Malawi Presidential Election Re-Run: June 23, 2020

A beach on Lake Malawi. Photo credit: Wikimedia/Moongateclimber (CC BY-SA 3.0) 

Freedom House Rating
Partly Free
Government Type
Presidential Republic
19.8 million
Legislative and Local
May 2024 (due)
Presidential Re-Run
June 23, 2020
Presidenital, Legislative, Local

May 21, 2019

Malawi held a presidential election on June 23, 2020. The election was a re-run of last year’s presidential election, which a court annulled following a lengthy process – only the second time in African history that a court has annulled an election result (the first was Kenya’s 2017 election). Incumbent Peter Mutharika lost opposition leader Lazarus Chakwera, who came in second in 2019 but this time had the support of other opposition figures and pulled off a decisive victory.

Political Context

Malawi’s last few elections have taken place in a tense political environment, and it is one of the poorest countries in the world. Political parties are weak and based more on personality than ideology. For the first 30 years following Malawi’s 1964 independence from the United Kingdom, President Hastings Kamuzu Banda ruled the country. Subsequently, beginning in the 1990s, the country began to transition to democracy.

A series of protests followed Malawi’s May 2019 presidential, legislative, and local elections. Protesters alleged that Peter Mutharika’s re-election to a second term was fraudulent, dubbing it the “Tipp-Ex Election” after a popular brand of correction fluid that they allege officials used to change the results. Consequently, the opposition challenged the results, and the country’s Constitutional Court annulled the result and called for new elections.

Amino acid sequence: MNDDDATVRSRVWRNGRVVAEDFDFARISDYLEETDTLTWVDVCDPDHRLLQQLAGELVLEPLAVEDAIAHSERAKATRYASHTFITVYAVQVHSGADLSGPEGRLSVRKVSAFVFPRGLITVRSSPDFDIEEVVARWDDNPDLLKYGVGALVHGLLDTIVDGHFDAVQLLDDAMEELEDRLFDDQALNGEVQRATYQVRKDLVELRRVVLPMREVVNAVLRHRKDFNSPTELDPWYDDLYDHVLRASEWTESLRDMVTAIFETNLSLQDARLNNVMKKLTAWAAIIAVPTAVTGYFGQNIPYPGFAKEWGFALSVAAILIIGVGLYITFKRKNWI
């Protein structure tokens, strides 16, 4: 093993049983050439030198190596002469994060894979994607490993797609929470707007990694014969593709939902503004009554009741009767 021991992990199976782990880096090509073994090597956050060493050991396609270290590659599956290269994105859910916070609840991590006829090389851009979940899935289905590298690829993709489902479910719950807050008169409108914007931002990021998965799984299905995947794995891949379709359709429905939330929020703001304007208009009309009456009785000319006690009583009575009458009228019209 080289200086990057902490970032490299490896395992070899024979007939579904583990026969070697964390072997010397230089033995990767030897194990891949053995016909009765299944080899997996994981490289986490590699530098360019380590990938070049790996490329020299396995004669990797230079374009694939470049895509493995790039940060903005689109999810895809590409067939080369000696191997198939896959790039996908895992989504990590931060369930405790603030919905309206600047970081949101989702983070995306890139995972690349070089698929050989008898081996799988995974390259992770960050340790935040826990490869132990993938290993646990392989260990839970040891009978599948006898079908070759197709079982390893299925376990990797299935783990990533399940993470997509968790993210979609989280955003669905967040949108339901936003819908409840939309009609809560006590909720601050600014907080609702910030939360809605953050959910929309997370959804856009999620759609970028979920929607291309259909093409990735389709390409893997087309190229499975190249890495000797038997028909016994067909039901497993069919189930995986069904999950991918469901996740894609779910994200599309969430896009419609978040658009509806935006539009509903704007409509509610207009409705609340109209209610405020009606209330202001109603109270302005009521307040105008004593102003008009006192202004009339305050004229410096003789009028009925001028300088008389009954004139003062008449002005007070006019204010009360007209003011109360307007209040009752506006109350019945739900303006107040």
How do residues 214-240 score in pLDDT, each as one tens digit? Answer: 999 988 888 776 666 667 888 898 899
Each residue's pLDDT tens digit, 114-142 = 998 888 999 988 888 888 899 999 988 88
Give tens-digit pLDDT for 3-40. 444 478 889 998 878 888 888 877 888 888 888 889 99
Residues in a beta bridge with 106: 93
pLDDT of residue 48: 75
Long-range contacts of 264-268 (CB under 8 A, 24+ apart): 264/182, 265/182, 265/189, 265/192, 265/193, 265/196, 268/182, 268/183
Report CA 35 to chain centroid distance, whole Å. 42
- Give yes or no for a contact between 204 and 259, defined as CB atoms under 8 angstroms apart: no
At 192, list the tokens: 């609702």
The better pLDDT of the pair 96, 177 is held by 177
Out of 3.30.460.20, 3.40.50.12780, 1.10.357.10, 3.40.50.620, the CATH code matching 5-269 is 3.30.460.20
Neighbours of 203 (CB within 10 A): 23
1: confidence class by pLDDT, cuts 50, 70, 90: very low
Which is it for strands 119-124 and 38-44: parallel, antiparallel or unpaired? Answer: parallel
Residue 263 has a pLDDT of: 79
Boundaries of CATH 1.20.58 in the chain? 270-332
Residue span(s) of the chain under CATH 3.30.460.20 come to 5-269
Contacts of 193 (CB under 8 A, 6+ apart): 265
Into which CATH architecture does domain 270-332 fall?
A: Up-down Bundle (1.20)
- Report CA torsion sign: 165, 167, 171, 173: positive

In this election re-run, Mutharika, a former academic who also served in various ministerial roles during the presidency of his brother, faced off against Lazarus Chakwera, a former pastor, who came in second in the 2019 election. Because the courts ruled that a candidate must have a majority, not simply a plurality, to be elected, the opposition formed an alliance, and Chakwera’s running mate was Saulos Chilima, Mutharika’s former vice president, who came in third in 2019. A third candidate, Peter Kuwani, was also on the ballot.

Chakwera won decisively, with 59 percent of the vote to Mutharika’s 40 percent. Kuwani received less than one percent.

Geopolitical Context

Located on Lake Malawi, one of Africa’s Great Lakes, Malawi’s economy is largely agricultural. It remains one of the poorest countries in the world, despite some mineral wealth. Since 2007, when Malawi pulled diplomatic recognition from Taiwan, China has been involved in development projects; however, Malawi has not joined the Belt and Road Initiative.

Curated News and Analysis

The Economist (July 4, 2020): Malawi’s re-run election is a victory for democracy – Brave judges, a feisty press and plucky civil society boost a hopeful trend in Africa

BBC (June 28, 2020): Lazarus Chakwera sworn in as Malawi president after historic win

Fergus Kell, Chatham House (July 1, 2020): Malawi’s Re-Run Election is Lesson for African Opposition

Hamza Mohamed, Al Jazeera (June 28, 2020): After historic election, what next for Malawi?

The Economist (June 20, 2020): A court in Malawi tries to guarantee a fair election: After a rigged vote was annulled, President Peter Mutharika is trying to cling to power

Michael Wahman, The Conversation (February 10, 2020): Will bold landmark election ruling improve Malawian democracy?

Andrew Harding, BBC (February 5, 2020): Malawi election: What the annulment means for democracy across Africa

Updated July 4, 2020

21votes does not necessarily agree with all of the views in all of the linked articles or publications. More on our approach here.

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